Eventually, we got back to our cous cous, and were presently informed by our host that a ship that was taking part in "The tall ships Race" was in trouble somewhere out in the Atlantic and the brave men of Portpatrick had gone to their assistance.

Last year we returned to Portpatrick and although the town was as charming as ever, we were disappointed to find that the cafe is now a private house. Change is a funny thing; something so small can have a quite an effect on one's soul. Still the memories will be with me for life and I'll just have to find a new haven when my days of toil are done.

Here's just a reminder that more information about my books, freedownloads and writing services can be found on my website.
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Wednesday, 22 September 2010

A Glitch in Distribution

Hi all,

Those of you who are following my writing posts may have noticed that the content recently has concentrated on fishing and Scotland. The reason for this is that I was hoping by now to be able to announce that my new book is available from Amazon and other on line retailers, but it is with some disappointment that I have to report that some thing's gone wrong in the distribution department. I am trying to get it sorted out and hopefully my book "Writing: How to get Started as a Freelance Writer Plus a Guide to Self-Publishing & POD" will be available soon.

I suppose I should've expected something to go wrong because the rest of the self-publishing process went as smooth as clockwork. If the book is made available before the end of this month it will have only taken 9 months from blank page to publication. I think that's pretty good as it can take longer to have a baby, and by comparison, writing the book was completely painless. I believe it's possible to write and self-publish a quality book in less than three months, if you get stuck in.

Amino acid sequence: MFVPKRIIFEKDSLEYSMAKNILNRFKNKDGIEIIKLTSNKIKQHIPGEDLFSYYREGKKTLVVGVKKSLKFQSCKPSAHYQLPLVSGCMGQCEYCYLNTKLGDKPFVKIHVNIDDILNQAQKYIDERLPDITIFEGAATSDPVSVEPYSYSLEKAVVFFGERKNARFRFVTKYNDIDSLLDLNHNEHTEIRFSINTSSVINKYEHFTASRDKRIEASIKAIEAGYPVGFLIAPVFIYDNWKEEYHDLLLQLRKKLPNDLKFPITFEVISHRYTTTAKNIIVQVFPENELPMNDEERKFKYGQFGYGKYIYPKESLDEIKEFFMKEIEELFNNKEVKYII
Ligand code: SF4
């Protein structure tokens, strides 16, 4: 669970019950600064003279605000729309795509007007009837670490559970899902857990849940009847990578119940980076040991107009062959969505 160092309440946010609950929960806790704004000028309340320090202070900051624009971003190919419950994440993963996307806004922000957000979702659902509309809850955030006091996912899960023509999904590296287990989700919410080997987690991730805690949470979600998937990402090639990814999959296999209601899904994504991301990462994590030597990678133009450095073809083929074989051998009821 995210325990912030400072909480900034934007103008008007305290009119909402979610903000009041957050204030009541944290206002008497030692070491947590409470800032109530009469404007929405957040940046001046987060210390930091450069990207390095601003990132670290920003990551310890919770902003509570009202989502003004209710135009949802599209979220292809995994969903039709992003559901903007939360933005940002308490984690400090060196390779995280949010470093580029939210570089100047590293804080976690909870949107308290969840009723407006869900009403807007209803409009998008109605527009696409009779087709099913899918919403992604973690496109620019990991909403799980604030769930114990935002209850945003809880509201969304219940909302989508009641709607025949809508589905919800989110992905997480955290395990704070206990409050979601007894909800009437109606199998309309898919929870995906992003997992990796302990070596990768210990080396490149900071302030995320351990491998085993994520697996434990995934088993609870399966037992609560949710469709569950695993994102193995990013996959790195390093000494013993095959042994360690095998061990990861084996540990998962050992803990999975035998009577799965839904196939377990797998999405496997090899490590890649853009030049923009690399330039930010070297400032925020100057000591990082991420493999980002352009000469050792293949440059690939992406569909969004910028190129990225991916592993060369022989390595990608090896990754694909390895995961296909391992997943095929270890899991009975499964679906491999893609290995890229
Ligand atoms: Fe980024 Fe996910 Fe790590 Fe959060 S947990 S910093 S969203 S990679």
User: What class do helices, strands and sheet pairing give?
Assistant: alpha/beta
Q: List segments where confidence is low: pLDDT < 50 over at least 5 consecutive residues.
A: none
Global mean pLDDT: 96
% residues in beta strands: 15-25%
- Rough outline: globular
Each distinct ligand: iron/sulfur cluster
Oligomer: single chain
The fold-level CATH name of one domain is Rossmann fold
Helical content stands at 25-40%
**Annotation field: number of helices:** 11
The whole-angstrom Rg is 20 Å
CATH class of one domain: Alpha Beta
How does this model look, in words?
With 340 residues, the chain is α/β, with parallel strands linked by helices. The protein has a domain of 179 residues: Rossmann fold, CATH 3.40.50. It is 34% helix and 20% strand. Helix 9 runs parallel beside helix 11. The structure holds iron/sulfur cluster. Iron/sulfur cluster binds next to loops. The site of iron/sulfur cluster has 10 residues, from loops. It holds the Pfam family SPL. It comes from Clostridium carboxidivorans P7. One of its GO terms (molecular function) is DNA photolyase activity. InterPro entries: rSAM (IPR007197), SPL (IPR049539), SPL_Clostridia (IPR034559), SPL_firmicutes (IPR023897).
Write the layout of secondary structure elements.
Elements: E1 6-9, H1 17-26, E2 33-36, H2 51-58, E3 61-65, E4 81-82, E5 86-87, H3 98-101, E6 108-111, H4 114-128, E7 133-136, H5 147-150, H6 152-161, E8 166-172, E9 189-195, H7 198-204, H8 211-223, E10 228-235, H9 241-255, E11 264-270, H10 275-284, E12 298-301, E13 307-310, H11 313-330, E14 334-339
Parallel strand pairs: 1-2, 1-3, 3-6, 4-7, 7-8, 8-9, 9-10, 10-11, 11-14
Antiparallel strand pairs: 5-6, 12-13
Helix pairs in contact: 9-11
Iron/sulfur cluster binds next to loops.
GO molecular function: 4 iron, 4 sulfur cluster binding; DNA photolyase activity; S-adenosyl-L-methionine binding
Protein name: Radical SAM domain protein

I know lots of people say they want to write a book, and they probably could. However, any would be author should not underestimate the commitment that is required. Writing a book isn't for the faint hearted; you can't do a bit then leave it for a while because if you do, it will never get finished.

I have written four books in total and I can tell you that the only way to write one is to have some discipline. Whether you do it part time or full time is of no consequence, but you must get stuck in and write every day. When I wrote my first book, I set myself a minimum of 6000 words a week and wrote for two hours almost every night. I kept a spreadsheet so that I could keep an accurate tally of words produced and used it to charter my progress. I am pleased to say that every week I hit my target and most weeks I surpassed it.

So if you want to write a book there is absolutely nothing stopping you, all you need is will power. Sit down every day and write until it is finished, don't go back and start editing it because you will lose the flow. When the book is completely written you can edit and proofread it until it is perfect, but finish writing it first.

My first non-fiction book, "Fishing: Learn from The Tips and Laugh at the Tales" is available from amazon etc and a free sample download is available from my website.

I hope the distribution problem with my writing book is sorted out soon and will let you know via this post when it's available. For those of you who are interested in Scotland my next post will be about Port Patrick, which must surely be one of the most picturesque harbour towns in the Rhinns.

Wednesday, 15 September 2010

The Ugliest Fish

Hi all,
I managed to find time to get my rods out again last week and I'm pleased to report that I had a good day's sport. However, one of the fish I caught was the ugliest fish I've ever seen. I've included a photograph so that you can see what I mean.
The sad thing from my point of view is that I couldn't even recognise the species; this is especially embarrasing seeing how I not only write about the subject of fishing, but have also written and published a book on the subject.